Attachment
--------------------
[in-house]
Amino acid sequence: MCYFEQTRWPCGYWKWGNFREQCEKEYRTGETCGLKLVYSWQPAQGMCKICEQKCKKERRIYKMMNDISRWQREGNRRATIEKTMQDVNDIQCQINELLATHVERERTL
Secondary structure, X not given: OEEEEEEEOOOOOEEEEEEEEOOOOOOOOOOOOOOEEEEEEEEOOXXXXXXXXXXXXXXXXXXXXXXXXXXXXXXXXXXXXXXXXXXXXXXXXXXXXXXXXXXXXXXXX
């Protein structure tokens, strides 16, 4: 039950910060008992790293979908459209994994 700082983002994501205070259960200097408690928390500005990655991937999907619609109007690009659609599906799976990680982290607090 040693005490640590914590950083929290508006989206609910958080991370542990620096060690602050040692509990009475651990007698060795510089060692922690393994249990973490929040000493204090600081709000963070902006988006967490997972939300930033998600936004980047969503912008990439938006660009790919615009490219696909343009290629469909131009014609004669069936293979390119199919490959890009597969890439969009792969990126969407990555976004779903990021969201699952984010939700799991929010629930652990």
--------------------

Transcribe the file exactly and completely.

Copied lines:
[in-house]
Amino acid sequence: MCYFEQTRWPCGYWKWGNFREQCEKEYRTGETCGLKLVYSWQPAQGMCKICEQKCKKERRIYKMMNDISRWQREGNRRATIEKTMQDVNDIQCQINELLATHVERERTL
Secondary structure, X not given: OEEEEEEEOOOOOEEEEEEEEOOOOOOOOOOOOOOEEEEEEEEOOXXXXXXXXXXXXXXXXXXXXXXXXXXXXXXXXXXXXXXXXXXXXXXXXXXXXXXXXXXXXXXXX
């Protein structure tokens, strides 16, 4: 039950910060008992790293979908459209994994 700082983002994501205070259960200097408690928390500005990655991937999907619609109007690009659609599906799976990680982290607090 040693005490640590914590950083929290508006989206609910958080991370542990620096060690602050040692509990009475651990007698060795510089060692922690393994249990973490929040000493204090600081709000963070902006988006967490997972939300930033998600936004980047969503912008990439938006660009790919615009490219696909343009290629469909131009014609004669069936293979390119199919490959890009597969890439969009792969990126969407990555976004779903990021969201699952984010939700799991929010629930652990």